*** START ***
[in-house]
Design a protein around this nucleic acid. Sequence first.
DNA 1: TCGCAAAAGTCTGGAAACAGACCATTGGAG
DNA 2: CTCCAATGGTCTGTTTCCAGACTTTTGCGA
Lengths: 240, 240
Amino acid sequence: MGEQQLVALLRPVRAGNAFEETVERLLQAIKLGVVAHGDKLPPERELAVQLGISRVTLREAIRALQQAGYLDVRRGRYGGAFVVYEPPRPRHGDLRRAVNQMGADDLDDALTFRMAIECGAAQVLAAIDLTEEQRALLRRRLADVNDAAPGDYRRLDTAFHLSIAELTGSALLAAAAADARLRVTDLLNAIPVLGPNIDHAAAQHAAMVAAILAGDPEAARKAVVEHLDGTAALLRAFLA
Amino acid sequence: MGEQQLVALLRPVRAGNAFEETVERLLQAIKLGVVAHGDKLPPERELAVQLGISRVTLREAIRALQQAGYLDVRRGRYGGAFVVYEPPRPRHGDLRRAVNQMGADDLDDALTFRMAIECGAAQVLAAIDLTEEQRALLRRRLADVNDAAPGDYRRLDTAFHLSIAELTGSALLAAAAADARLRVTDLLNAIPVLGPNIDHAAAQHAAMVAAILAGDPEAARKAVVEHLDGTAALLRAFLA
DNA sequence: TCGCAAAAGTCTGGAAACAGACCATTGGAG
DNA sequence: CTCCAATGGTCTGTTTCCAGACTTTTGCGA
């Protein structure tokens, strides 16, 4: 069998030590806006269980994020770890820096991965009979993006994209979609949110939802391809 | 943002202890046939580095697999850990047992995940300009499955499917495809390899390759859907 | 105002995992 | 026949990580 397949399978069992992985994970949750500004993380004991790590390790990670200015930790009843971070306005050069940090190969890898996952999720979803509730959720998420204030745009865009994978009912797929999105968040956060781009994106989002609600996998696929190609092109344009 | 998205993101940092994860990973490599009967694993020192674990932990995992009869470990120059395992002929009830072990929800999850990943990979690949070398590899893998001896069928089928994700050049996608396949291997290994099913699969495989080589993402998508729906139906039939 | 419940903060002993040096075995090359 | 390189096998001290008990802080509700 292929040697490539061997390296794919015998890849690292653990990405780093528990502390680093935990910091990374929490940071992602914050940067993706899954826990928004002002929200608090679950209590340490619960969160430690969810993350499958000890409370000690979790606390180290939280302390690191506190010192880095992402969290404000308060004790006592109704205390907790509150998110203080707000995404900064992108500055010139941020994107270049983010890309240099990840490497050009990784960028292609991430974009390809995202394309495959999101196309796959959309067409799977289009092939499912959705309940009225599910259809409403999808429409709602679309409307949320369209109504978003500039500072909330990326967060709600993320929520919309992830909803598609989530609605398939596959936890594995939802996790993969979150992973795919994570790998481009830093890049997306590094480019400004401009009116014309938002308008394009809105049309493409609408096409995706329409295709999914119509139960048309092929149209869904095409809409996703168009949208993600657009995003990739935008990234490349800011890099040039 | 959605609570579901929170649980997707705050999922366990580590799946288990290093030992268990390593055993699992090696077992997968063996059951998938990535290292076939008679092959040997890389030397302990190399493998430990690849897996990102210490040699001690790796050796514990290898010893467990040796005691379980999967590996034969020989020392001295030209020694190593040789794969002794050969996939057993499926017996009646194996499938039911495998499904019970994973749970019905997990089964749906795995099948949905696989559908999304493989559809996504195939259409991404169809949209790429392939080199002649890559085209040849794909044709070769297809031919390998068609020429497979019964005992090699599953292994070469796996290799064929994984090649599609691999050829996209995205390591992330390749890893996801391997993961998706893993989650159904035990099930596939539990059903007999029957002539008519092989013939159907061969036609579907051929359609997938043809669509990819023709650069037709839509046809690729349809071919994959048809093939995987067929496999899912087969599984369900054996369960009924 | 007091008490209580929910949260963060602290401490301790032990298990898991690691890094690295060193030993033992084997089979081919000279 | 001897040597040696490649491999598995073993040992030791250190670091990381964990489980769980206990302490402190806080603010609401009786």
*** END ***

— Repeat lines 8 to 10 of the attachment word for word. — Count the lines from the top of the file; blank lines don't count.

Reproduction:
DNA sequence: TCGCAAAAGTCTGGAAACAGACCATTGGAG
DNA sequence: CTCCAATGGTCTGTTTCCAGACTTTTGCGA
């Protein structure tokens, strides 16, 4: 069998030590806006269980994020770890820096991965009979993006994209979609949110939802391809 | 943002202890046939580095697999850990047992995940300009499955499917495809390899390759859907 | 105002995992 | 026949990580 397949399978069992992985994970949750500004993380004991790590390790990670200015930790009843971070306005050069940090190969890898996952999720979803509730959720998420204030745009865009994978009912797929999105968040956060781009994106989002609600996998696929190609092109344009 | 998205993101940092994860990973490599009967694993020192674990932990995992009869470990120059395992002929009830072990929800999850990943990979690949070398590899893998001896069928089928994700050049996608396949291997290994099913699969495989080589993402998508729906139906039939 | 419940903060002993040096075995090359 | 390189096998001290008990802080509700 292929040697490539061997390296794919015998890849690292653990990405780093528990502390680093935990910091990374929490940071992602914050940067993706899954826990928004002002929200608090679950209590340490619960969160430690969810993350499958000890409370000690979790606390180290939280302390690191506190010192880095992402969290404000308060004790006592109704205390907790509150998110203080707000995404900064992108500055010139941020994107270049983010890309240099990840490497050009990784960028292609991430974009390809995202394309495959999101196309796959959309067409799977289009092939499912959705309940009225599910259809409403999808429409709602679309409307949320369209109504978003500039500072909330990326967060709600993320929520919309992830909803598609989530609605398939596959936890594995939802996790993969979150992973795919994570790998481009830093890049997306590094480019400004401009009116014309938002308008394009809105049309493409609408096409995706329409295709999914119509139960048309092929149209869904095409809409996703168009949208993600657009995003990739935008990234490349800011890099040039 | 959605609570579901929170649980997707705050999922366990580590799946288990290093030992268990390593055993699992090696077992997968063996059951998938990535290292076939008679092959040997890389030397302990190399493998430990690849897996990102210490040699001690790796050796514990290898010893467990040796005691379980999967590996034969020989020392001295030209020694190593040789794969002794050969996939057993499926017996009646194996499938039911495998499904019970994973749970019905997990089964749906795995099948949905696989559908999304493989559809996504195939259409991404169809949209790429392939080199002649890559085209040849794909044709070769297809031919390998068609020429497979019964005992090699599953292994070469796996290799064929994984090649599609691999050829996209995205390591992330390749890893996801391997993961998706893993989650159904035990099930596939539990059903007999029957002539008519092989013939159907061969036609579907051929359609997938043809669509990819023709650069037709839509046809690729349809071919994959048809093939995987067929496999899912087969599984369900054996369960009924 | 007091008490209580929910949260963060602290401490301790032990298990898991690691890094690295060193030993033992084997089979081919000279 | 001897040597040696490649491999598995073993040992030791250190670091990381964990489980769980206990302490402190806080603010609401009786």